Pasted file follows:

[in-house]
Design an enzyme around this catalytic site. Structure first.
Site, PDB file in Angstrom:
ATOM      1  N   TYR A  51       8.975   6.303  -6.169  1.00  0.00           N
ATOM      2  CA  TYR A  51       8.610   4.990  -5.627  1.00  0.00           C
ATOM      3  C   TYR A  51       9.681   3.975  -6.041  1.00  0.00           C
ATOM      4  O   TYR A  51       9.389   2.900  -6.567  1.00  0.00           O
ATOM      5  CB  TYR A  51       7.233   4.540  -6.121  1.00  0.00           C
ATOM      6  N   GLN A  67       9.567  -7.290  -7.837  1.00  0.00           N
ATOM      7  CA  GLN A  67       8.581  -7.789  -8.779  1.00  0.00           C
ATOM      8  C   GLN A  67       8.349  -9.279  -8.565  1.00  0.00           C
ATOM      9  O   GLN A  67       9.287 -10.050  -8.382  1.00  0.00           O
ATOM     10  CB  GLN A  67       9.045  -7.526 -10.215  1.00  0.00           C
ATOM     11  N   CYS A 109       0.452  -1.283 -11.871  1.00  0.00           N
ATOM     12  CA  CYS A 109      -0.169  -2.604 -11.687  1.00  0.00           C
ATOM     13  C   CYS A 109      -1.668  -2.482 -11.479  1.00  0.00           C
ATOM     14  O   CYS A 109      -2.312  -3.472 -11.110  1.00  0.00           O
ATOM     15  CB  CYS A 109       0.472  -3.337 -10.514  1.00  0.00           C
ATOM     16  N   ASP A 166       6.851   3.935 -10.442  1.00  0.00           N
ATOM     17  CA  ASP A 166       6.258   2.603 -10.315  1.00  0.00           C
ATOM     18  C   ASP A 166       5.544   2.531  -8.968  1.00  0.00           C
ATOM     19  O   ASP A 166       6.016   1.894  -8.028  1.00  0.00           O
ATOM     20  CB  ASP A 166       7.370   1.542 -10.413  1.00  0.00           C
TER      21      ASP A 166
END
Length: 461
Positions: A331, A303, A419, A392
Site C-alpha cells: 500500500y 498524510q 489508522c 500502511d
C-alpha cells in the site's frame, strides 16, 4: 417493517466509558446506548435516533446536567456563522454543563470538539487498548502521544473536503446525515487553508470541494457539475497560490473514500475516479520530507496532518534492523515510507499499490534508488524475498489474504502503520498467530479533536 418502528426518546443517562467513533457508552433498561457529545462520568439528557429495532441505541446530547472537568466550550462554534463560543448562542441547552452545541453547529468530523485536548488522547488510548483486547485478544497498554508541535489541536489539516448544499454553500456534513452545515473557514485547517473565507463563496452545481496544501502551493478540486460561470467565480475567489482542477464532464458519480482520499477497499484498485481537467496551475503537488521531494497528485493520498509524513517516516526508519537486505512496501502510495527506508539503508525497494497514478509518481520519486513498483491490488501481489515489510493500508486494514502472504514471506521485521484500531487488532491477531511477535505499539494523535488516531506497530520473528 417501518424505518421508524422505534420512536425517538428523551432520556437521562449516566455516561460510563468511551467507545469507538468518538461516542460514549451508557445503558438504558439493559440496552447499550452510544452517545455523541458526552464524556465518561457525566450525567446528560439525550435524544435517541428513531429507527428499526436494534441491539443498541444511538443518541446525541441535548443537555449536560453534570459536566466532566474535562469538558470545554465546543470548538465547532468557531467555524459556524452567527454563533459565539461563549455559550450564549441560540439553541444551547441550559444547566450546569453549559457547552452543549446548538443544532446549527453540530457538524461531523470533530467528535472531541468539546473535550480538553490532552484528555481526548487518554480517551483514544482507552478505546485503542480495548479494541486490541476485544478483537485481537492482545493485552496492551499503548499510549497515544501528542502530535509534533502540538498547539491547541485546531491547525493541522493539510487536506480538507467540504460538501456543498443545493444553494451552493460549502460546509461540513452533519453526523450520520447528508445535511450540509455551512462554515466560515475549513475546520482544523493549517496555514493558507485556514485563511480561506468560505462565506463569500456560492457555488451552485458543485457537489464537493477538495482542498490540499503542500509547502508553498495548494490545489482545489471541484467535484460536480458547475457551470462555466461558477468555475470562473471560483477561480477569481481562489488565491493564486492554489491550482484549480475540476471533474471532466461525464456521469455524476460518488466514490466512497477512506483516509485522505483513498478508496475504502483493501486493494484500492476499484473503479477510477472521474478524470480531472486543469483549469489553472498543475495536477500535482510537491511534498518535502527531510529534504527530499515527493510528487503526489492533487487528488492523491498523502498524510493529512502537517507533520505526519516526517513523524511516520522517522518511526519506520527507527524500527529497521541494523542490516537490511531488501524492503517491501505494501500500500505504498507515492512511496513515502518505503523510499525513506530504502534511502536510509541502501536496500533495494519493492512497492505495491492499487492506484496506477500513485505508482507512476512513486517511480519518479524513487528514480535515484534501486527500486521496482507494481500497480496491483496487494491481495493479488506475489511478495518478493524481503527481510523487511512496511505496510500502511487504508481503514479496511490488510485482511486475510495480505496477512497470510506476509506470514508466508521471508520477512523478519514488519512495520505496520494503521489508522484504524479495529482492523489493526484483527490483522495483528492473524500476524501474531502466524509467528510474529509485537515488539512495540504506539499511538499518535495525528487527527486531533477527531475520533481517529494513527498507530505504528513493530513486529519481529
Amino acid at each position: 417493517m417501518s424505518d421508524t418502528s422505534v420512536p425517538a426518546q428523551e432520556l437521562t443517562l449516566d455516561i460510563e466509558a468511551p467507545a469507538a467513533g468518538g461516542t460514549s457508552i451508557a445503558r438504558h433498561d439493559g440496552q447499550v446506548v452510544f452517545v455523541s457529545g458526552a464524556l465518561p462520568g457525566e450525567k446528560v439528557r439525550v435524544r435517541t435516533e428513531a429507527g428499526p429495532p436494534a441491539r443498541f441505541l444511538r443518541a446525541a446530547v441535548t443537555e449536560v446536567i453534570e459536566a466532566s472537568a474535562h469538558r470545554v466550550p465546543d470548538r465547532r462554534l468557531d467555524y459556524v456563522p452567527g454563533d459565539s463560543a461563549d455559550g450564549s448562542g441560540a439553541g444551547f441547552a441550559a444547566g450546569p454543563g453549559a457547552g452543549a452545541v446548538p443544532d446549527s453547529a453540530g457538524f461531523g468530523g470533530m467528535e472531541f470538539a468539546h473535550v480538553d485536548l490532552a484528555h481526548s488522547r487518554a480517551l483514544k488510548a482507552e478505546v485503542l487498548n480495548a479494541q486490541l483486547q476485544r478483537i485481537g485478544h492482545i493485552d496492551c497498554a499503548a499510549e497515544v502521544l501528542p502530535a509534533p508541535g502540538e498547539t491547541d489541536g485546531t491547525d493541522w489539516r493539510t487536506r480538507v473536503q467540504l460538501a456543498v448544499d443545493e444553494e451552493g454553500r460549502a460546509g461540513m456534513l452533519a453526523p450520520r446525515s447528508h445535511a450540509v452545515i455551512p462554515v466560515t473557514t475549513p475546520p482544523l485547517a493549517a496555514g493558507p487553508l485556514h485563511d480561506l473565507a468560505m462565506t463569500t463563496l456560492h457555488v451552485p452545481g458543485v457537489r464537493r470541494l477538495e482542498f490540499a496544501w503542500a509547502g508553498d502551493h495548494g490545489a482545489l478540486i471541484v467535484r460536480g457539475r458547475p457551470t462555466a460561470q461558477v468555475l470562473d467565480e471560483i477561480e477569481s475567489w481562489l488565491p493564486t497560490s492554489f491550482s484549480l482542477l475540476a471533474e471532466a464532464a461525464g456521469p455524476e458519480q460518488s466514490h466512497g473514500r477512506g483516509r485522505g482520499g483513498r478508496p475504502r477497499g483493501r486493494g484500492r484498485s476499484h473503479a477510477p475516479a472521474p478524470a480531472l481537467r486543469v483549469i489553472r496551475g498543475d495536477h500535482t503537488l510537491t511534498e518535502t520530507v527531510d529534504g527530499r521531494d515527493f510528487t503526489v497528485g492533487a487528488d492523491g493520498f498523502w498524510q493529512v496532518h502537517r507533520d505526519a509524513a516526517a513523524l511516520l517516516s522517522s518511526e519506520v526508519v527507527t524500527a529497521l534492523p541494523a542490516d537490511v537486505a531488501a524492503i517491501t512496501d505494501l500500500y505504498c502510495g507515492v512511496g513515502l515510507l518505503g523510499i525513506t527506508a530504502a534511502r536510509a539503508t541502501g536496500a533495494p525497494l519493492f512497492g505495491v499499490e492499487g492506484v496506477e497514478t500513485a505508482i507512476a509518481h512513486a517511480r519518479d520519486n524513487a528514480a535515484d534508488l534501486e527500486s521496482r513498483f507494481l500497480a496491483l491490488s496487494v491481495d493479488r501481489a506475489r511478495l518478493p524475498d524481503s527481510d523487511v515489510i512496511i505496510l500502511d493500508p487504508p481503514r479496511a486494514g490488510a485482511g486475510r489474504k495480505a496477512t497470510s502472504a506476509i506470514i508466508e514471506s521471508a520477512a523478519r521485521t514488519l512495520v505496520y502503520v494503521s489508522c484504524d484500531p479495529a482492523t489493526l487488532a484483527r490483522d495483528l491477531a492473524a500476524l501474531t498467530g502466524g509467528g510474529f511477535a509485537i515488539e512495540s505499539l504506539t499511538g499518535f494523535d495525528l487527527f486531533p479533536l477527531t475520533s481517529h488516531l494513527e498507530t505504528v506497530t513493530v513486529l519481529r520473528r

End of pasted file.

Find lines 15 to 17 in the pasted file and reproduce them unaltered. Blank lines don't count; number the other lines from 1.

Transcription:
ATOM     12  CA  CYS A 109      -0.169  -2.604 -11.687  1.00  0.00           C
ATOM     13  C   CYS A 109      -1.668  -2.482 -11.479  1.00  0.00           C
ATOM     14  O   CYS A 109      -2.312  -3.472 -11.110  1.00  0.00           O